Originally published on 18FEB2011 for Examiner.com

K&B, LLC co-owner and instructor Don Alley is a martial arts, personal protection, and emergency preparedness writer. Many of his articles originally appeared in Examiner.com. As these articles are able to be retrieved from old web caches, they will be posted here.

In preparing contingencies for emergencies or other events, it is essential to start by assessing exactly what one is preparing for. These events, which are simply called “threats,” are really a way to categorize and determine the probability of their occurrence. In evaluating the threats the typical urban/suburban family faces in Michigan, we look to the local weather, infrastructure, and socioeconomic histories. The “matrix” part of the phrase comes when the contingencies and preparations for each of these threats is addressed and evaluated. Some of these contingencies will be addressed in later articles.

For local severe weather events, Michigan has a history of strong thunderstorms, tornadoes, flash floods, and snow storms. Luckily, these occurrences are generally well predicted and some advanced warning is usually available. So while severe, some preparations can be made ahead of time. Michigan does not see hurricanes, tidal waves, or widespread drought.

Infrastructure threats, such as power failures, are commonplace in Michigan. Detroit residents face poor medical and police response times from overworked public service providers.  Having many industrial areas, Michigan has faced forced evacuations in the past due to chemical leaks. Rural Michiganders have faced forest fire evacuations. All families face house or apartment building fires. Michigan does not typically face water shortages or sewage issues, nor are there any wild animal or insect plagues that can leave areas decimated without warning.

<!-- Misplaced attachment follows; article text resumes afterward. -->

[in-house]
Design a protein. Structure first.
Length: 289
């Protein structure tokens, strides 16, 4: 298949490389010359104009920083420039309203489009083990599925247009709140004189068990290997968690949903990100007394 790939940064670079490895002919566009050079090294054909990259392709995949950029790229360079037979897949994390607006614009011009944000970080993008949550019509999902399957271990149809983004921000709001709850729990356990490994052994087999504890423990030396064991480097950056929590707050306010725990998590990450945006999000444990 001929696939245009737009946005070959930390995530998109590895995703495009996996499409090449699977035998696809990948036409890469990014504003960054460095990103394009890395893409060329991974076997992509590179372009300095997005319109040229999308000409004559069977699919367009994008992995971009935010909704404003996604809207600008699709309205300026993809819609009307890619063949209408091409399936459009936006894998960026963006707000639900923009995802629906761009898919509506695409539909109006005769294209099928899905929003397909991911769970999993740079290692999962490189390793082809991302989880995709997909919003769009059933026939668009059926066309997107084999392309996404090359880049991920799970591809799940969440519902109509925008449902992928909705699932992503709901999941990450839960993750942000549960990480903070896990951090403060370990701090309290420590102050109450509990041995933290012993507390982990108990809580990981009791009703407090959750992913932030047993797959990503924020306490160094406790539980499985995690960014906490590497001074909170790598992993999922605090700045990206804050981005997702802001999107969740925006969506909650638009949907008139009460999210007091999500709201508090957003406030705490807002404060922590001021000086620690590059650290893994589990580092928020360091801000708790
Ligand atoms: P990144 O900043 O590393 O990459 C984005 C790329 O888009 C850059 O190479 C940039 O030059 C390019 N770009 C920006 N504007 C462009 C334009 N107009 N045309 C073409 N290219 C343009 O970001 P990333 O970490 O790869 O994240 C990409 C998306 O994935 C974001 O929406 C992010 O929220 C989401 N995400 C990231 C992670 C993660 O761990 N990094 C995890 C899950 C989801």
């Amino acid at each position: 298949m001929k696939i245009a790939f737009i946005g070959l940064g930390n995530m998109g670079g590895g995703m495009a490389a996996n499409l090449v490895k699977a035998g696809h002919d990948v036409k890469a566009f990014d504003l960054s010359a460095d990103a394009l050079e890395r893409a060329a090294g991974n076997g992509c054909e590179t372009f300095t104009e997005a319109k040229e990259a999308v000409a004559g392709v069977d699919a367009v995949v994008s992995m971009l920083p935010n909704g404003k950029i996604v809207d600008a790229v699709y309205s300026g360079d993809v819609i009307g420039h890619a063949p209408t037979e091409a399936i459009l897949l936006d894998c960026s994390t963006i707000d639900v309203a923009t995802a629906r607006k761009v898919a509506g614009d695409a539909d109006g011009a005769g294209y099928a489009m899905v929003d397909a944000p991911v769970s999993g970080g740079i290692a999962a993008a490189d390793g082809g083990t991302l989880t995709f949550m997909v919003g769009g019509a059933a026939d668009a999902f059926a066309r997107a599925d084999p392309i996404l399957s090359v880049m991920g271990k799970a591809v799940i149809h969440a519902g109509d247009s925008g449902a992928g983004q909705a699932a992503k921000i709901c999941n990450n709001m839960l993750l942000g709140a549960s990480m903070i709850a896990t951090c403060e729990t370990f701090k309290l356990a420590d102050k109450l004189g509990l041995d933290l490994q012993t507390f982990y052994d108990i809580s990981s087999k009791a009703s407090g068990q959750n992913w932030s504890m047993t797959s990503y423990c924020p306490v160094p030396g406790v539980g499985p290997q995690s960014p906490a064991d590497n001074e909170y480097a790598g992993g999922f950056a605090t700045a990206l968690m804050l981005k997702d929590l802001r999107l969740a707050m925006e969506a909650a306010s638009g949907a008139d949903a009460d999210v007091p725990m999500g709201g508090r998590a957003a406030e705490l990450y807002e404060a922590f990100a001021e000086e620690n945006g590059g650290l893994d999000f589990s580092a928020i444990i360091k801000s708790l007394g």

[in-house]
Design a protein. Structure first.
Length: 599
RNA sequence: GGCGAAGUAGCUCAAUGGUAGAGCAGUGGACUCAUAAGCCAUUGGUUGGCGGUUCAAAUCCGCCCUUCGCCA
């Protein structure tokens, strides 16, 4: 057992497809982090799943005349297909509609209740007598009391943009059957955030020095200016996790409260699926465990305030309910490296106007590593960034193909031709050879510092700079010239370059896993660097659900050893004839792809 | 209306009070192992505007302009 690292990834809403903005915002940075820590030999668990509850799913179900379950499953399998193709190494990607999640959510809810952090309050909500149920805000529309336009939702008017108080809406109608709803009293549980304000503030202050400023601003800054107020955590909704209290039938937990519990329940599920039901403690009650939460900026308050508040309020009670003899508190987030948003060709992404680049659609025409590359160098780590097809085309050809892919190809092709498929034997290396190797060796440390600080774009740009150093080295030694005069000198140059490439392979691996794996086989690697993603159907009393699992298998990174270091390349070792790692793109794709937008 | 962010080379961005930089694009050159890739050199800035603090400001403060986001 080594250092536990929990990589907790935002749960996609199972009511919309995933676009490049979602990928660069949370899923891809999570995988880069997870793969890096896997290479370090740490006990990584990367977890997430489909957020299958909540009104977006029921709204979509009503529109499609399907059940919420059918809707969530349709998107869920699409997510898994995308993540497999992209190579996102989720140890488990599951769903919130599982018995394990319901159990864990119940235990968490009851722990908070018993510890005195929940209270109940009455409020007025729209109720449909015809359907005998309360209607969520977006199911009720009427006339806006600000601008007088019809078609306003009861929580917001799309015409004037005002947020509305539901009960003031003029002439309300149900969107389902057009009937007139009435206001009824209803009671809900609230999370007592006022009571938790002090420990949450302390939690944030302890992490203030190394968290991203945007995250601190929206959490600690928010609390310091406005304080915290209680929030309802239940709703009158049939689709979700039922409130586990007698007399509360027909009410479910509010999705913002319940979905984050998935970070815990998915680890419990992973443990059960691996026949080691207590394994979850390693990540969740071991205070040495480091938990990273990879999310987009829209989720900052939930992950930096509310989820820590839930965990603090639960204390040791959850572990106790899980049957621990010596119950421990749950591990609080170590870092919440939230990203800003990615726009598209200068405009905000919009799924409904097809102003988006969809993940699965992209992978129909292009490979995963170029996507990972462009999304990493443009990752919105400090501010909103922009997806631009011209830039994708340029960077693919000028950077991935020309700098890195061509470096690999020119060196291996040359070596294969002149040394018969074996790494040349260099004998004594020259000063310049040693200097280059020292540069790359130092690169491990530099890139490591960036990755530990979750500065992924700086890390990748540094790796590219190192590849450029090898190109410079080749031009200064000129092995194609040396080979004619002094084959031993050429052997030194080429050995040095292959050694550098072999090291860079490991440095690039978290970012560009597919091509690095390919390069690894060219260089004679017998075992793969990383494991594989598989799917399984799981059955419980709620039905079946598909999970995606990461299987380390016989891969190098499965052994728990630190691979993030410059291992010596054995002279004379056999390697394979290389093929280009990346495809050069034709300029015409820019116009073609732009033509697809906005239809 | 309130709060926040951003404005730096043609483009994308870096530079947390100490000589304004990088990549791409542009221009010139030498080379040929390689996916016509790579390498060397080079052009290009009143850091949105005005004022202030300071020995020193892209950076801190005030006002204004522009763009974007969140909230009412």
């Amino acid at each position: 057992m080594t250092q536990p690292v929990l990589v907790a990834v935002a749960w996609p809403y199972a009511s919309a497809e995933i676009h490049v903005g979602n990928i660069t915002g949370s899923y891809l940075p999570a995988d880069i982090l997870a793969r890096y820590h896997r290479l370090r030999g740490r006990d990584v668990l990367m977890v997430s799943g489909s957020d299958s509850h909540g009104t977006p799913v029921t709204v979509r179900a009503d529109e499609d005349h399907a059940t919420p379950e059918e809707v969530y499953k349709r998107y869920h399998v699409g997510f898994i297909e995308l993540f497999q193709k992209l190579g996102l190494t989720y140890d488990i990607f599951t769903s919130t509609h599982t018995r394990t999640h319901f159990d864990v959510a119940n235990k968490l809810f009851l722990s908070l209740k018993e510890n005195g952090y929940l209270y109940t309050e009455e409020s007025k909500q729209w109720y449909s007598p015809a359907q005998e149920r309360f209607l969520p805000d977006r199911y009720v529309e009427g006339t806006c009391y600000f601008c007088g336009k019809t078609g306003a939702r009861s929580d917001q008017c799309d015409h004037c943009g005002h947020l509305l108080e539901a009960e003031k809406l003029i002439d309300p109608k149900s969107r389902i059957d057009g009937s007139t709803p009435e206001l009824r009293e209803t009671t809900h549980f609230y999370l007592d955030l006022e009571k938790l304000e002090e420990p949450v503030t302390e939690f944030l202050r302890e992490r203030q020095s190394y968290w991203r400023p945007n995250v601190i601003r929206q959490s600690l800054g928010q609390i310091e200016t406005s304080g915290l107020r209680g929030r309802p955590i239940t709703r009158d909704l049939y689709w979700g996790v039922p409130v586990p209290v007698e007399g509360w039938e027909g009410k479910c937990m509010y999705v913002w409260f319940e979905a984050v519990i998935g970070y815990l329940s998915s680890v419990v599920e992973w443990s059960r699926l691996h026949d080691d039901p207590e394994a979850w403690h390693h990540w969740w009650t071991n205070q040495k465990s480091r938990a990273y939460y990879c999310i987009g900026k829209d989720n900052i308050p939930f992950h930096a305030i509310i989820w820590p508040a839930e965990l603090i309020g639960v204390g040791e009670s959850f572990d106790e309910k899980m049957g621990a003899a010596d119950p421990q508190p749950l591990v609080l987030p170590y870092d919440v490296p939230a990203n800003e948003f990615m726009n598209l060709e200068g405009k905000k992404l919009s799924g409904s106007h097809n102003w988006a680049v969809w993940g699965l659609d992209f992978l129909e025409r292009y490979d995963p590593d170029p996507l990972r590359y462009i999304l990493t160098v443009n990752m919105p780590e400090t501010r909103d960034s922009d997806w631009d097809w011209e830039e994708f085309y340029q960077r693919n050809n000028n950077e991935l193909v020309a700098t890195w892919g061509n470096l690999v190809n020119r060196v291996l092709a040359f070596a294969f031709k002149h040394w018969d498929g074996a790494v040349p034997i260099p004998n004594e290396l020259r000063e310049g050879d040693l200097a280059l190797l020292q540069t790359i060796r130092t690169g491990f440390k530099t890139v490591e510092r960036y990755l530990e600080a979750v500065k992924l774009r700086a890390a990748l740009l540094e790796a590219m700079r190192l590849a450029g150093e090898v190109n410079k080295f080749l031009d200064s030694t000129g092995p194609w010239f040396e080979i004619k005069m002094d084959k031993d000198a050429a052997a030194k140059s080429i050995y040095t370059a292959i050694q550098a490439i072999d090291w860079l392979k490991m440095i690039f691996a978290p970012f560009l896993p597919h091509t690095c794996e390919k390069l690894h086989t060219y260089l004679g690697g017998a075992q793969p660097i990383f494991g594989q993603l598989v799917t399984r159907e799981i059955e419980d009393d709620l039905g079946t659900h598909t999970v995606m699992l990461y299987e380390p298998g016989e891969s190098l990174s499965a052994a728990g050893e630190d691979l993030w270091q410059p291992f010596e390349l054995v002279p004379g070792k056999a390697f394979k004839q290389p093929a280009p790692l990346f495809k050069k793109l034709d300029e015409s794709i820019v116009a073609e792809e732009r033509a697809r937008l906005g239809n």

Socioeconomic threats consist of unexpected layoffs, being fired, or facing involuntary pay or hour reductions. These are threats, in that it affects a family’s financial capability to maintain itself and grow. Other threats in this category are violent crimes acted upon family members, home break-ins and robberies, or areas of civil unrest (think Detroit circa 1969).  These can be at home or wherever a person visits, such as the workplace, school, or en route to places.

Locally, Michiganders face national threats as well. The Cold War brought a long and sustained threat of thermonuclear warfare. Acts of terrorism normally assumed to happen only in the Middle East have happened in the USA and may continue to. A poor economy has contributed to a decline in the US Dollar’s value, which can cause alarming price increases and could lead to hyperinflation. Some scientists believe that Global Warming will have unforeseen effects on our climate. The Peak Oil theorizers believe that oil will become so scarce that it will cost more energy to obtain it than the oil itself.

The purpose of this article is not to tell the reader what to think, or what to prioritize, but rather to understand the threats that each Michigan family may face, and begin to determine what preparations each family can make to reduce the risk of harm from these threats. As stated above, this side of the “threat matrix” is just the threats. When contingencies are created, it will be realized that being prepared for one of these threats can actually carry over into being prepared for many.